It’s slightly smaller than a crane, and, like other herons, flies with its neck tucked in that familiar s-shape.
You can find the Tricolored Heron along the Atlantic and Gulf coasts where it is a year-round resident, as well as migratory birds in Mexico.
- Scientific Name: Mycteria americana
- Length: 33.5-45.3 in
- Weight: 72.3-93.1 oz
- Wingspan: 59.1-68.9 in
Wood Storks nest in trees together in large colonies. You’ll find them in swamps and wetlands, searching for fish and crustaceans with their thick bills.
Although Wood Storks aren’t quite as big as cranes, they’re certainly tall!
These sizeable white birds lack the red crowns of Whooping Cranes, and instead have black faces and beaks, with black flight feathers.
These primarily non-migratory birds live along the gulf coast and in Florida and Cuba. They are also found throughout much of South America.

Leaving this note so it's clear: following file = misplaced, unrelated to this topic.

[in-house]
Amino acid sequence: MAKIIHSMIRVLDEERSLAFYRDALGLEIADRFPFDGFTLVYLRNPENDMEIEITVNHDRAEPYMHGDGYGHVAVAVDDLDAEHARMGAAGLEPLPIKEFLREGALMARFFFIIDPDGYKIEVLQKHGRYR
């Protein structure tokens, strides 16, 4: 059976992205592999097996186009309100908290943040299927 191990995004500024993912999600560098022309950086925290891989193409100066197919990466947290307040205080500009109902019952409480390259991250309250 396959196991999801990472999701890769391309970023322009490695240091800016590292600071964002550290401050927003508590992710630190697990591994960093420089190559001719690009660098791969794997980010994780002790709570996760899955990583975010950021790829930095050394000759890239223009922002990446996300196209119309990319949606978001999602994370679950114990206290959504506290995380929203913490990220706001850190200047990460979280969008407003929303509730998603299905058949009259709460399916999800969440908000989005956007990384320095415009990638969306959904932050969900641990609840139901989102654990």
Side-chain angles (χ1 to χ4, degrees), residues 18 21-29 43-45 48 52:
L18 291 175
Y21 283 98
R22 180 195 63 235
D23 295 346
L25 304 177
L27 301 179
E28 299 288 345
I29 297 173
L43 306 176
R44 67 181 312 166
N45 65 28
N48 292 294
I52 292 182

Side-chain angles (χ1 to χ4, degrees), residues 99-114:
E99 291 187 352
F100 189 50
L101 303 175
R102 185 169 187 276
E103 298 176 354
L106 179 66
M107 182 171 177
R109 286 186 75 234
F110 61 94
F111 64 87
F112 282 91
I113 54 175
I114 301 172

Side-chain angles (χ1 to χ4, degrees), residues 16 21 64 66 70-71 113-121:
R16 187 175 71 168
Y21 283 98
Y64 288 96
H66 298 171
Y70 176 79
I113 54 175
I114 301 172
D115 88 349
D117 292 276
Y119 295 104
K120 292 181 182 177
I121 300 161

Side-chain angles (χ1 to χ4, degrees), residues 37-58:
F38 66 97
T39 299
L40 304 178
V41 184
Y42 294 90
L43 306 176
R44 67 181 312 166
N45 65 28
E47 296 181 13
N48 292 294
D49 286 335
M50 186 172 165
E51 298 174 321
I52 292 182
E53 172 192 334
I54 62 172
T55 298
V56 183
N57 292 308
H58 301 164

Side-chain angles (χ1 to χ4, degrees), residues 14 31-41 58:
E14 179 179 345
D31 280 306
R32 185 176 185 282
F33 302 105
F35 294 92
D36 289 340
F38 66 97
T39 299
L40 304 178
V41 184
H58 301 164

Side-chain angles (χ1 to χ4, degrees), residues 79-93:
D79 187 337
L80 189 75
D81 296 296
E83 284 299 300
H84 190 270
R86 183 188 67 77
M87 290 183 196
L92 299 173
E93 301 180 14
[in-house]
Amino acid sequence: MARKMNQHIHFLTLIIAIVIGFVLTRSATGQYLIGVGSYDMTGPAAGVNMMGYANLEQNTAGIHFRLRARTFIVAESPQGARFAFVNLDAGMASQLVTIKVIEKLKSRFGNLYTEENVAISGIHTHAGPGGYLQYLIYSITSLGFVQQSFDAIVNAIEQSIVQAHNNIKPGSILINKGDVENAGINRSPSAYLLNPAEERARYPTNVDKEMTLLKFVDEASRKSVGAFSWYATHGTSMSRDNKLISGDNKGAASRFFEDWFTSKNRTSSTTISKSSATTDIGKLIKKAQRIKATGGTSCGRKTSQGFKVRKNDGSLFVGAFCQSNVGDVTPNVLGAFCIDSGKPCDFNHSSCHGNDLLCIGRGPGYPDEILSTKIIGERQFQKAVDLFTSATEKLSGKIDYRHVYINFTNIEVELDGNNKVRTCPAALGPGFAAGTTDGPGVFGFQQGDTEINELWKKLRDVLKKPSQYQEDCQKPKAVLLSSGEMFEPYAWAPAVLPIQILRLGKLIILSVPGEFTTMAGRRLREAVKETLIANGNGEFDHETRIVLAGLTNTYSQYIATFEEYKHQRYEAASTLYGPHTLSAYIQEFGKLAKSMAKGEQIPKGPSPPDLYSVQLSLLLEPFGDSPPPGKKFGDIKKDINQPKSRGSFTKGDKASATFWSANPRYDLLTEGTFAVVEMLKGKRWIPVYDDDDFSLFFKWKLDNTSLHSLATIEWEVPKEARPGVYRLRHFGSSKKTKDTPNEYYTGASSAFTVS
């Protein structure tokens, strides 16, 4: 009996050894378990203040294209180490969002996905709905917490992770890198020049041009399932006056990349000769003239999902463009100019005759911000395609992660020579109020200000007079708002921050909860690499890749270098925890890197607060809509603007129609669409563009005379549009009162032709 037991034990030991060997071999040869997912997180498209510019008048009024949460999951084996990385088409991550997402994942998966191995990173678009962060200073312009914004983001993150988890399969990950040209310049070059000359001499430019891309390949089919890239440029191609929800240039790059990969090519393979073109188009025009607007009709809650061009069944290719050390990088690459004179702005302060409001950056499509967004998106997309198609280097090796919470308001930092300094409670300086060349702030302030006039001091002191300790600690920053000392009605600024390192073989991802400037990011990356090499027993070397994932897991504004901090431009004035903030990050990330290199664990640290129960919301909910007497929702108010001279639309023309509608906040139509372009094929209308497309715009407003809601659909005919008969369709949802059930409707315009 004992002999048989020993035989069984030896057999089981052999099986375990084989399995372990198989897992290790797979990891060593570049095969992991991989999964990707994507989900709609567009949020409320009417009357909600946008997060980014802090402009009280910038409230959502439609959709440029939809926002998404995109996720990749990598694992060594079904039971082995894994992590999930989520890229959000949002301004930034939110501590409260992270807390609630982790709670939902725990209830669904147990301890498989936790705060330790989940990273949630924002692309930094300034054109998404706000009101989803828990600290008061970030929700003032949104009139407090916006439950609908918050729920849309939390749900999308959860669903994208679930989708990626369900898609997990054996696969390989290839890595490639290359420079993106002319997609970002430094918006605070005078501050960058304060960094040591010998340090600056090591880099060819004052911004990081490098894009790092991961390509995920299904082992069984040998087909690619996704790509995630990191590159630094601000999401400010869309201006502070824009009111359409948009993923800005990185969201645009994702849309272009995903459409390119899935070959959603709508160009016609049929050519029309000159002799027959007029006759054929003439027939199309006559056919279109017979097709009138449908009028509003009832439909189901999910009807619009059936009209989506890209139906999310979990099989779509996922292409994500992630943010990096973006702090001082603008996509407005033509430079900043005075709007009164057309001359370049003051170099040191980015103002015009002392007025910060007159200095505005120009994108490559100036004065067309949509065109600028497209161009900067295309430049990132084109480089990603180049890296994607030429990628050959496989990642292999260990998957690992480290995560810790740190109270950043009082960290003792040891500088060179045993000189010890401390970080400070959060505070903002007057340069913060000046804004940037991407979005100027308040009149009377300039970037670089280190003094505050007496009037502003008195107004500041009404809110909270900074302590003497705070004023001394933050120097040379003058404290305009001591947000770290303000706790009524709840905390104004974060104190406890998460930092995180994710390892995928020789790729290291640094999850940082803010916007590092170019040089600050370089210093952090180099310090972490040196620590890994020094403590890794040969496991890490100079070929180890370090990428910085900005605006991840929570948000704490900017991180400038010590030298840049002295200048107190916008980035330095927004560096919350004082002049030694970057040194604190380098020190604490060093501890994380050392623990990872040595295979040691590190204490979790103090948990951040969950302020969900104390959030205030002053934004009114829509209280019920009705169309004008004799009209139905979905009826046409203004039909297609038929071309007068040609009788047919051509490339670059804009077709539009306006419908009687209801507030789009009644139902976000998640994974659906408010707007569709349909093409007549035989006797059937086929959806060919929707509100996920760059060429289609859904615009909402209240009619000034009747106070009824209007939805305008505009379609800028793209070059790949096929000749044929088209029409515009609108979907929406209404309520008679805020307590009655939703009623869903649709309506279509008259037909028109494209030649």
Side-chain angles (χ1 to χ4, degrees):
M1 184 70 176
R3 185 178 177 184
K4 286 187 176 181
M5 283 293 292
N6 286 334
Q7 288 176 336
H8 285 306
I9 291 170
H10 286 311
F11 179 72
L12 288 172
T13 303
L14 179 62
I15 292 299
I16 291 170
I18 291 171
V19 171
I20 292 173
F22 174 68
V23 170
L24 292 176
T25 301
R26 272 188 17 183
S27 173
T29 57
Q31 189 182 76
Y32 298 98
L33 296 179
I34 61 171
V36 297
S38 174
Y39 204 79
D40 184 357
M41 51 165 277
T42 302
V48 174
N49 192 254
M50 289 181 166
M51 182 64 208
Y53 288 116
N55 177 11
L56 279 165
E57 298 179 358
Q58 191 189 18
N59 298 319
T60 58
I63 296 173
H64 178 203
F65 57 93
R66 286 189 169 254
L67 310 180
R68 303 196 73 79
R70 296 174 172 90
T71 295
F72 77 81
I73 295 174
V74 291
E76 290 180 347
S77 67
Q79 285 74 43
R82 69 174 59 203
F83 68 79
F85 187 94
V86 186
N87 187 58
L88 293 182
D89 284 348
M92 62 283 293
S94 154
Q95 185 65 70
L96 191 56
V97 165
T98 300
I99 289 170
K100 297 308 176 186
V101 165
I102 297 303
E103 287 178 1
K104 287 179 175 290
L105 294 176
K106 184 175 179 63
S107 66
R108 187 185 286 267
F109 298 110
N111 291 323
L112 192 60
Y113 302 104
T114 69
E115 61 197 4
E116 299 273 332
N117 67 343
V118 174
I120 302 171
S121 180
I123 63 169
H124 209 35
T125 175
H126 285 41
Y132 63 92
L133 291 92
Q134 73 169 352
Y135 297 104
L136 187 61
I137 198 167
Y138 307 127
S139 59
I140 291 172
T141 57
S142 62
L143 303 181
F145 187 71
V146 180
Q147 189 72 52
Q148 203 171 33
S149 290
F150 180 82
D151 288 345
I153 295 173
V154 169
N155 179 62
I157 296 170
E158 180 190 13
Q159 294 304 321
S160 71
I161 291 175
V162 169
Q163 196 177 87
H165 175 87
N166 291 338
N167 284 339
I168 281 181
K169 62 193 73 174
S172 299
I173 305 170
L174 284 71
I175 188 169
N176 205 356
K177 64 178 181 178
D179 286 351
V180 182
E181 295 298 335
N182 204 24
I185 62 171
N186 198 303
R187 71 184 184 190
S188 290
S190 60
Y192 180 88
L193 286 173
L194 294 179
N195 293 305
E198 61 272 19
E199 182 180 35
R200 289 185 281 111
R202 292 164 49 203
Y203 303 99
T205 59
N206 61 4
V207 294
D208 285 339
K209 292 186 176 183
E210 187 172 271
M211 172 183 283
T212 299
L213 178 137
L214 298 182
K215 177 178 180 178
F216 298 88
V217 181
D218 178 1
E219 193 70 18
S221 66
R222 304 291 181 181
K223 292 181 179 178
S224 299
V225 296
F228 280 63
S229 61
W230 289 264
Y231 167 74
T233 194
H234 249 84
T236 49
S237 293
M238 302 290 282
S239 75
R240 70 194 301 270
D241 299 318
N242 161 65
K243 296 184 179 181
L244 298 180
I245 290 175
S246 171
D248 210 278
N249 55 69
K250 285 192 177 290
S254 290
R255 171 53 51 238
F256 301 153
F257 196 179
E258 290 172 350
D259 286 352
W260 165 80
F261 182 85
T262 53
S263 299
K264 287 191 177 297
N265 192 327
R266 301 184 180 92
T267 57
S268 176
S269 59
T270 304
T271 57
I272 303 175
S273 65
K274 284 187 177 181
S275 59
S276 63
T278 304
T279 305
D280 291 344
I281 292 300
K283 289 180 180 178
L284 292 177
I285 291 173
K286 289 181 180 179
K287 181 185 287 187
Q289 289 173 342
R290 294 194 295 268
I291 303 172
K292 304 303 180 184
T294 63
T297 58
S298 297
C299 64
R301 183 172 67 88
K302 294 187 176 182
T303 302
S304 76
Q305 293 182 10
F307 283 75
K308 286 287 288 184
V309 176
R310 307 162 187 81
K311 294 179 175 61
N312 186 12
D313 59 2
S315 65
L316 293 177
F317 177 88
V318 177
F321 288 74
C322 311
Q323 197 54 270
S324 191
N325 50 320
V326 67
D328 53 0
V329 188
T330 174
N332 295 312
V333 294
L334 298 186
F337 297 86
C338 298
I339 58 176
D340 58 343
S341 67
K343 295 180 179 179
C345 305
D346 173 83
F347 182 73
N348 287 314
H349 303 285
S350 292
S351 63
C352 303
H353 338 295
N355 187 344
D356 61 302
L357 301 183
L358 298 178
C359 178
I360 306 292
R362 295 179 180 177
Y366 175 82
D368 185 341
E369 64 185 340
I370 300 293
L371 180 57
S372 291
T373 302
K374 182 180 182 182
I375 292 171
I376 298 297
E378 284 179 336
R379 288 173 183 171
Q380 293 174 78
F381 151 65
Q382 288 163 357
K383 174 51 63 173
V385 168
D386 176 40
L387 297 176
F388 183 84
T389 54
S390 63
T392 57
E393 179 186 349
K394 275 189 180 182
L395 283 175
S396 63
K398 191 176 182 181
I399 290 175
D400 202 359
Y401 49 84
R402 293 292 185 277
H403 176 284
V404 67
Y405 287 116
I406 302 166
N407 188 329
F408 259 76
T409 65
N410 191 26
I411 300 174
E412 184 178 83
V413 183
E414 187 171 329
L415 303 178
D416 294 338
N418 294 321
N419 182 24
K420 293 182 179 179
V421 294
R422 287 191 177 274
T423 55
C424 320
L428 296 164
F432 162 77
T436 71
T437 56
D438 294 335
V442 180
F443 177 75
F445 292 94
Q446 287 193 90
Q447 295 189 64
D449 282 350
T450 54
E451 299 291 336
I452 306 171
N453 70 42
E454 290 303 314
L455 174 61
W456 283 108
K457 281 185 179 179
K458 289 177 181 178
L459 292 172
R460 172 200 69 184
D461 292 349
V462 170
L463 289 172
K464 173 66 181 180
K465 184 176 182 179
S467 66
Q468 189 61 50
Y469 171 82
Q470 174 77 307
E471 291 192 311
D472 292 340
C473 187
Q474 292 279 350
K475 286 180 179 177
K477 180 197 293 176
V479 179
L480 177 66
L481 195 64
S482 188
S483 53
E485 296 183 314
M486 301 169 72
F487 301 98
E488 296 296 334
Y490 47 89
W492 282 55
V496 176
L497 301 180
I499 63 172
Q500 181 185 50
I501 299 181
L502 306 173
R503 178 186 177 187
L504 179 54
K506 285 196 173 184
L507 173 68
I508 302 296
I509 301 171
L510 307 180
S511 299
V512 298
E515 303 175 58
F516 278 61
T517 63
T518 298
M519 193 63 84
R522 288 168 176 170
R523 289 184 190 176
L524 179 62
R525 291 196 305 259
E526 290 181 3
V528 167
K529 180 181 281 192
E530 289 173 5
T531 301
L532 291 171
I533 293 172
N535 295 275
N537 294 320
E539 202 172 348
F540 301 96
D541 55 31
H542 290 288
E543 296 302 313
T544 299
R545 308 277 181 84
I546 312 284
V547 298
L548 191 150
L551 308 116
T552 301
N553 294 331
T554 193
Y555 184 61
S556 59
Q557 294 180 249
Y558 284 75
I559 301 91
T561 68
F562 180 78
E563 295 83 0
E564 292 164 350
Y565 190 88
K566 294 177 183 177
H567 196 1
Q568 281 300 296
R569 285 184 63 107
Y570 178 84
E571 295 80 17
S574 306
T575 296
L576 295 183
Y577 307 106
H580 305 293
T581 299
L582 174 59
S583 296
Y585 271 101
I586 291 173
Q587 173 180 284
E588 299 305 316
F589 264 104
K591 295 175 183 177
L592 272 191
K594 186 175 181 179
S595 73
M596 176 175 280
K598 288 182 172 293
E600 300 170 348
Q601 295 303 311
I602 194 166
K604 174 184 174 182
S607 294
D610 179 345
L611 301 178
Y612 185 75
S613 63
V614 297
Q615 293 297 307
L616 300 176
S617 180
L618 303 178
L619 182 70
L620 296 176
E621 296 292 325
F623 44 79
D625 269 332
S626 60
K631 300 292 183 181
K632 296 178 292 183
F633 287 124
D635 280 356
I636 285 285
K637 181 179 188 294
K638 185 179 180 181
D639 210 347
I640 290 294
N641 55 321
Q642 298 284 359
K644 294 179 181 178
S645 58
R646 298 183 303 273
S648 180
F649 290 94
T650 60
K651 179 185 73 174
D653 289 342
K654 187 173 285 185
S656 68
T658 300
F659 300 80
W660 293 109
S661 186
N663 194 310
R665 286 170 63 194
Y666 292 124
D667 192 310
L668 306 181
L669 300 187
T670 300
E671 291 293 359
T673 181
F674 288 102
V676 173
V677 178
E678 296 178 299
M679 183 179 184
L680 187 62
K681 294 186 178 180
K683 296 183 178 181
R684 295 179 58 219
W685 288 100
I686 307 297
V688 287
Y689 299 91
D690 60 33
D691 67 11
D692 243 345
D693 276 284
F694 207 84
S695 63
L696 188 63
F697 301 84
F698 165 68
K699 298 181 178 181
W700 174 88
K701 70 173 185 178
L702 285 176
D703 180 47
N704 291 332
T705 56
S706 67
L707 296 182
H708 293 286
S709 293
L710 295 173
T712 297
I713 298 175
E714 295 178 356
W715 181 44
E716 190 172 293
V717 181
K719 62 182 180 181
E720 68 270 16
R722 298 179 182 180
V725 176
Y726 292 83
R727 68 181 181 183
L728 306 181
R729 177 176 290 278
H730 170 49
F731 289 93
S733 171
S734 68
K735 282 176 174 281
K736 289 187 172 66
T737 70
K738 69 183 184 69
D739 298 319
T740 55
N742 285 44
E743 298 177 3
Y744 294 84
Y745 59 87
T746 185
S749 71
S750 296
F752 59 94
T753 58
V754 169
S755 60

- Scientific Name: Egretta rufescens
- Length: 27.6-31.5 in (70-80 cm)
- Weight: 24.7-30.0 oz (700-850 g)
- Wingspan: 45.3-46.5 in (115-118 cm)
Reddish Egrets are active, showy birds that come in a variety of morphs or color variants. They can be found nesting with water birds of other species like herons, pelicans, and spoonbills.
The Reddish Egret’s dusky coloration and red-orange face might lead to some confusion with the Sandhill Crane.
However, its face is a much more subdued red, and it doesn’t have the white cheek pouch that the Sandhill does. Also, the Reddish Egret is significantly smaller than the Sandhill Crane.
This bird is found in coastal areas of Mexico and the gulf region and throughout Cuba and the Caribbean.